Wildflower season in the foothill forests is an ever-changing parade of colour. The first wave, in early August, is purple hoveas and hardenbergia, offset by yellow wattle blossoms. Then we have a gold and orange pea party as all the ‘egg and bacon’ shrubs and groundcovers come into flower. But now, in early summer, it is time for some very bright individuals.
We have already seen the flowering of one of our most exquisite blooms – the Fringed Violet or Common Fringe-lily. The species name is Thysanotus tuberosus, with tuberosus referring to their edible root, rather like a yam daisy I imagine. The Fringe-lily is a perennial herb, with very thin leaves and is quite hard to see on the forest floor until the flowers open. Each bloom flowers for only one day. When there are a dozen or more plants flowering in dry open forest among the grass tussocks it is a memorable sight!
Another early Summer wildflower is the Blue Pincushion, Brunonia australis. These cheerful and aptly named wildflowers are in the massive and very variable daisy family (Asteraceae). The flower head is actually a ball of loosely packed small blue flowers. Blue Pincushions often grow in a massed display, making the forest floor bright blue. The variable weather this year has meant the pincushions look a little washed out and not as vibrant as in previous years. In fact, every patch I have seen in the last week or so was not worthy of a pic!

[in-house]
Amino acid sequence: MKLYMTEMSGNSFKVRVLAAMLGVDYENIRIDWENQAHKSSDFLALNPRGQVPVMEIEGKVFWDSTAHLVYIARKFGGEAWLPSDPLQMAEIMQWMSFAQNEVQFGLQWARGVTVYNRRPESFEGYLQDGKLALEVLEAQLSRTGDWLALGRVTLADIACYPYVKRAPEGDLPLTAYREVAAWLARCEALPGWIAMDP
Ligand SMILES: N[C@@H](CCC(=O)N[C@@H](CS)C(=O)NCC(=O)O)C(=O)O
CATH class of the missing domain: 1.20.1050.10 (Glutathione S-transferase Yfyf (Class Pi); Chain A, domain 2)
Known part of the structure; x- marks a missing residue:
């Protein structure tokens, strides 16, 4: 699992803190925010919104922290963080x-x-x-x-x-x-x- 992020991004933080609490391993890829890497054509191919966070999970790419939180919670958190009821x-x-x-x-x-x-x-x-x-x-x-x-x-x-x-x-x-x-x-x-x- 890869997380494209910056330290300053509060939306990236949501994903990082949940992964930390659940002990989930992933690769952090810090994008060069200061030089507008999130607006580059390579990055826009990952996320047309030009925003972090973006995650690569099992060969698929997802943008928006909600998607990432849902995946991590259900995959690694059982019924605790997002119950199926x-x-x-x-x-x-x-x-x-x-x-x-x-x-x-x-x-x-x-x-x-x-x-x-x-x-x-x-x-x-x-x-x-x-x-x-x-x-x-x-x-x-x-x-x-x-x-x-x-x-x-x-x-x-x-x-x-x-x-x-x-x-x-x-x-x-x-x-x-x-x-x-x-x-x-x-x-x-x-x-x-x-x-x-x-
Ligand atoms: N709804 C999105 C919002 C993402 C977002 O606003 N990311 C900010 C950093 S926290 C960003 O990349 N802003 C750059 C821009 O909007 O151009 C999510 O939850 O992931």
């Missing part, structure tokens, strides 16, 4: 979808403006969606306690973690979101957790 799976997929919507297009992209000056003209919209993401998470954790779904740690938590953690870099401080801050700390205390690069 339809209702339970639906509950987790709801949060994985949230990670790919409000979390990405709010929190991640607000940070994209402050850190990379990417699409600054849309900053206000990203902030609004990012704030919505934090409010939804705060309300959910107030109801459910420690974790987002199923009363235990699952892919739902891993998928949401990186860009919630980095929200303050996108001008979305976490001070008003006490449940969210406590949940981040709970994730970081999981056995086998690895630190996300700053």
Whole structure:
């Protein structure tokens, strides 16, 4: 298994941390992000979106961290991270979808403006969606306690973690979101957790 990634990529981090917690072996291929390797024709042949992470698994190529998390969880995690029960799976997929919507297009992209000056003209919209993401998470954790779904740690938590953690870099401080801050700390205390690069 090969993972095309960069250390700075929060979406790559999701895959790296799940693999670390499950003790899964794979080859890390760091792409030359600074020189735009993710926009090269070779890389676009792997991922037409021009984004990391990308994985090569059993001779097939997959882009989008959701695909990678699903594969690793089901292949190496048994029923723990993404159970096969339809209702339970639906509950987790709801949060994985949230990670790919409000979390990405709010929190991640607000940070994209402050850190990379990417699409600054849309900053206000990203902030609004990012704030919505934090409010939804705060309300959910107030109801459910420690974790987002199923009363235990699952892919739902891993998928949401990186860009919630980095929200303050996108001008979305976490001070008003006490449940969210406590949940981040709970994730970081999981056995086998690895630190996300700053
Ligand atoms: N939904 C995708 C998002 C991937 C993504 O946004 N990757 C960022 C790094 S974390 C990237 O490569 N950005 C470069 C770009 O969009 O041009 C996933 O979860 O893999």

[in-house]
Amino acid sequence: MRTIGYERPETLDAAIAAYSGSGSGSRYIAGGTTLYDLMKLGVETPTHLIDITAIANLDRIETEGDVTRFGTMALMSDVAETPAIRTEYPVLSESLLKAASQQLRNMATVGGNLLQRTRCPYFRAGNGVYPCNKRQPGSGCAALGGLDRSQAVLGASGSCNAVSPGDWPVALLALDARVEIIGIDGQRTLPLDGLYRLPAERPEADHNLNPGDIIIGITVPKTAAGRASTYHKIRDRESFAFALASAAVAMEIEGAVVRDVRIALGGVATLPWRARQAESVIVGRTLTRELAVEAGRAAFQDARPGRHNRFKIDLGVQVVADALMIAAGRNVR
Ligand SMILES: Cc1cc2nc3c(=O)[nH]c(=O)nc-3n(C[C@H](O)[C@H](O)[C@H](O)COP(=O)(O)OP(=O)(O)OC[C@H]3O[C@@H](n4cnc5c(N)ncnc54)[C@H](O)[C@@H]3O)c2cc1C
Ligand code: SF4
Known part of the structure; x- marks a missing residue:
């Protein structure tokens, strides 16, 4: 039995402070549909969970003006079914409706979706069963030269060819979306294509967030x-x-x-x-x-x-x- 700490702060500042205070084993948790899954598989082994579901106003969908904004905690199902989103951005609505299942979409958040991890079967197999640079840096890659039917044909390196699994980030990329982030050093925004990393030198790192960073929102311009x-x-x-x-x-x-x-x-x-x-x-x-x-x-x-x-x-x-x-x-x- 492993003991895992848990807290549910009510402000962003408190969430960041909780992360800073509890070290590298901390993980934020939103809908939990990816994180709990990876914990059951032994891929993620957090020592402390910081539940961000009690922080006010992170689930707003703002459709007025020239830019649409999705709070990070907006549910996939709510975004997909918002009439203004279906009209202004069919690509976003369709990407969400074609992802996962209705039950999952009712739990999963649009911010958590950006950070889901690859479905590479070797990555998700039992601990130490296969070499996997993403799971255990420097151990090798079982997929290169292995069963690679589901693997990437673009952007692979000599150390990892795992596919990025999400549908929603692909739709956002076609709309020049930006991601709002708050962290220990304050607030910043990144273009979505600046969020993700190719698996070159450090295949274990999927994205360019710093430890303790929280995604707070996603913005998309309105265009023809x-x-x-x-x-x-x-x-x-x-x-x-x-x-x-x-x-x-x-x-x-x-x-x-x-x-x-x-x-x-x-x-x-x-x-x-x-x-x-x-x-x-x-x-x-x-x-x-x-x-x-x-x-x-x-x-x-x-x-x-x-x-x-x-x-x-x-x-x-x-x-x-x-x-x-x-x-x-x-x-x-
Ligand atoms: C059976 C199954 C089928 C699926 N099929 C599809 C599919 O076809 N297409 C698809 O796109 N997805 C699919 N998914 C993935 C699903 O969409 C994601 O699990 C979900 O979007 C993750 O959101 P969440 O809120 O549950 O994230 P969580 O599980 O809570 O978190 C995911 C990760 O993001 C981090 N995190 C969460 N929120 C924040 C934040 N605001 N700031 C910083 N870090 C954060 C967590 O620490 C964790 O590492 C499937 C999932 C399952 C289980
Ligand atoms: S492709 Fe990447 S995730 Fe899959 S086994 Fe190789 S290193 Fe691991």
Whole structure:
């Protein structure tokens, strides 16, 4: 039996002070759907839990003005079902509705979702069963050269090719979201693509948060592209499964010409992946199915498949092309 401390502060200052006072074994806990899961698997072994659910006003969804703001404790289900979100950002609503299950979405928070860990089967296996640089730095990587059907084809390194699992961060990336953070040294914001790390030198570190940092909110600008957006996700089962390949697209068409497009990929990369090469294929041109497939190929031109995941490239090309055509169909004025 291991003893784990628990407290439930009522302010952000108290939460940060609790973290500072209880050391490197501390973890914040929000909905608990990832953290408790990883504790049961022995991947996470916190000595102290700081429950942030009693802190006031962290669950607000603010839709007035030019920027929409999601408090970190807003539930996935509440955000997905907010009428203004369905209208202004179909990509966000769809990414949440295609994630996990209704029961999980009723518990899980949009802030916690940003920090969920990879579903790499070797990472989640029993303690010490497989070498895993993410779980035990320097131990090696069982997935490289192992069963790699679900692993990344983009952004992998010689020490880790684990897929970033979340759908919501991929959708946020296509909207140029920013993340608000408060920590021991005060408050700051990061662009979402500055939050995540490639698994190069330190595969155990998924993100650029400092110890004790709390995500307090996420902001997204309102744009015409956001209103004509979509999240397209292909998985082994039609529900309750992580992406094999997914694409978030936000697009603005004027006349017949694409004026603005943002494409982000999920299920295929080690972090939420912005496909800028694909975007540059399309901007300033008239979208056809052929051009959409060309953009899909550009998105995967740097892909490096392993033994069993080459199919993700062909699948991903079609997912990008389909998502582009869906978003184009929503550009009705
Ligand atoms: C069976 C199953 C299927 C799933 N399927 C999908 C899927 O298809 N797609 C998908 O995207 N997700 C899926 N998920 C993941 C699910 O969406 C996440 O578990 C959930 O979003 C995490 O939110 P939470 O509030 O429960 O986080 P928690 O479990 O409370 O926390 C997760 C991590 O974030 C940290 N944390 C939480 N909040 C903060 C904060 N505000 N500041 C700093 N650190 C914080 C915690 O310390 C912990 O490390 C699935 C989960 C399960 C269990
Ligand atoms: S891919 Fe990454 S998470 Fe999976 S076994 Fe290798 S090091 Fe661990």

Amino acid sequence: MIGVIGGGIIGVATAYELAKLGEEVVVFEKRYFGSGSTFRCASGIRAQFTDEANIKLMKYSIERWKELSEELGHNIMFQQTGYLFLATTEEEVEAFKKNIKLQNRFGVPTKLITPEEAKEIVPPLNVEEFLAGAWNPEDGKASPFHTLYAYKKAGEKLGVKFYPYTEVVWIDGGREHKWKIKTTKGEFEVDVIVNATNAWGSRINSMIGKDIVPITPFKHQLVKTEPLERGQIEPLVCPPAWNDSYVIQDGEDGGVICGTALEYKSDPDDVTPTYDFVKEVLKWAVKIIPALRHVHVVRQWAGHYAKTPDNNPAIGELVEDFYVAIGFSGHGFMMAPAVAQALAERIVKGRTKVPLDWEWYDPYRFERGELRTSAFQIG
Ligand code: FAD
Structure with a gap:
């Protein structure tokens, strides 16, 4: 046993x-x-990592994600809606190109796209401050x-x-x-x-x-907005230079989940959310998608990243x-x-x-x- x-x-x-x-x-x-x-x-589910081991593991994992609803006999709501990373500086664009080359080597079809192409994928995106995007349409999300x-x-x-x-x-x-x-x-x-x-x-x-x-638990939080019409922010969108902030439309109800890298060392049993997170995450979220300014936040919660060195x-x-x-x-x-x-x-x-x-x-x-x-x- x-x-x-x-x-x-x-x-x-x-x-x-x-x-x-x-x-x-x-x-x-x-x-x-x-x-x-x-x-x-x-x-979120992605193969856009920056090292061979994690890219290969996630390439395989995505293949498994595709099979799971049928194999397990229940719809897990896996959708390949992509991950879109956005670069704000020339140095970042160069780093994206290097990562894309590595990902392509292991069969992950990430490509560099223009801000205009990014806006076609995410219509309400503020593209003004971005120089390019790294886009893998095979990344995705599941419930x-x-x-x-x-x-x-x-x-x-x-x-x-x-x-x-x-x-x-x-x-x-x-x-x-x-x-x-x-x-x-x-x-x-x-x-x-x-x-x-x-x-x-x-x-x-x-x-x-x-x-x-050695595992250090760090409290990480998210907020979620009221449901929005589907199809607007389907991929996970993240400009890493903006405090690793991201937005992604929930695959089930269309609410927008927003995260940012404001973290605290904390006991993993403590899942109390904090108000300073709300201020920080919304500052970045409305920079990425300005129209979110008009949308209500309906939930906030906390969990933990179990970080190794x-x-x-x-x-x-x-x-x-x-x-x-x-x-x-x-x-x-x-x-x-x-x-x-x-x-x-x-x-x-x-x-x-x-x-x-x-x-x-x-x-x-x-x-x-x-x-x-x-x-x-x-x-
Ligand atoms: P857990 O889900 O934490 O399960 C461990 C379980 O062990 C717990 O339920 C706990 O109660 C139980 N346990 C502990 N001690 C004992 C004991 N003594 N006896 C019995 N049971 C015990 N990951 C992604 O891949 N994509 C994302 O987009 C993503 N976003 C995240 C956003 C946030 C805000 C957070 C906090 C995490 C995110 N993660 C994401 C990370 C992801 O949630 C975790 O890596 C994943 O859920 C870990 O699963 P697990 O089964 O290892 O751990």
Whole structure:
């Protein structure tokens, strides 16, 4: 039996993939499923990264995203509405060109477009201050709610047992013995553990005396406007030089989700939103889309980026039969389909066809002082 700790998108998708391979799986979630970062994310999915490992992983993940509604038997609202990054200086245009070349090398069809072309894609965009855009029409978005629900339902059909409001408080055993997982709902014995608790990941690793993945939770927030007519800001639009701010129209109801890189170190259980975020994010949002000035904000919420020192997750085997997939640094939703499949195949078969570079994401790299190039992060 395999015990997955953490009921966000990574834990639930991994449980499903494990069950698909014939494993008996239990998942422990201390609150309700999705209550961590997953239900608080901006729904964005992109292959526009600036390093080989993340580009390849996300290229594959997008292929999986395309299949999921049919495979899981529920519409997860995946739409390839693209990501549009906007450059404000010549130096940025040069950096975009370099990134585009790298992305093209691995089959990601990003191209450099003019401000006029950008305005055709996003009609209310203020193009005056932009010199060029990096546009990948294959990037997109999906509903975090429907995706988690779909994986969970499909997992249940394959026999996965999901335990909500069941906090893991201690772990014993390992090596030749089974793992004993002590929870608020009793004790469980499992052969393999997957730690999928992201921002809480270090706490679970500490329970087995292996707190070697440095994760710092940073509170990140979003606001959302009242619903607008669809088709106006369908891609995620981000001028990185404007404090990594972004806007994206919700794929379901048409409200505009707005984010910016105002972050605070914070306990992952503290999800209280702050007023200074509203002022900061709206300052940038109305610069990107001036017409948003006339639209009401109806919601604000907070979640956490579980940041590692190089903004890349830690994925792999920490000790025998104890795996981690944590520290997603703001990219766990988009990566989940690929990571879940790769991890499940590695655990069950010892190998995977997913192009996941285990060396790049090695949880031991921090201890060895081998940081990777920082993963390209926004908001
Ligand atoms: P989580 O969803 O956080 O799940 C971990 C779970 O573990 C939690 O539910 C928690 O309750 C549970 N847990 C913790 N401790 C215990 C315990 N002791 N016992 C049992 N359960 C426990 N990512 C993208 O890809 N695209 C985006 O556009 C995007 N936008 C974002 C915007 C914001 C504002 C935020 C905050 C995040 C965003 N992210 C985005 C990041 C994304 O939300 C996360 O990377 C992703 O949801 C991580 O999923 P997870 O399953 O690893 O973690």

Alternatively, one of our local Senecio species is putting on a show-stopping display this year, with large flat-topped clusters of small, bright yellow-orange blooms. It is called the Fireweed Groundsel, Senecio linearifolius. It grows in large numbers after fire or other disturbances, prompting many folks to assume it is a weed. But it is native, and an important plant for our local butterflies and moths.
Last but very much not least are the incredible Hyacinth Orchids. These orchids spend most of the year underground, absorbing vital nutrients via a symbiotic relationship with a type of fungi. Their flowers are emerging now and look like maroon or light green asparagus stalks emerging from the clay! We have two species locally: the Rosy Hyacinth Orchid Dipodium roseum which is found over much of Victoria, and the Spotted Hyacinth Orchid Dipodium pardalinum which grows only in scattered locations over western Victoria.
I haven’t seen any Spotted Hyacinths out yet, but I did see this magnificent Rosy Hyacinth Orchid a couple of days ago. There were two individuals in lovely forest off Porcupine Ridge rd, Glenluce area.
May these blossoms bring you some brightness and joy over the festive season!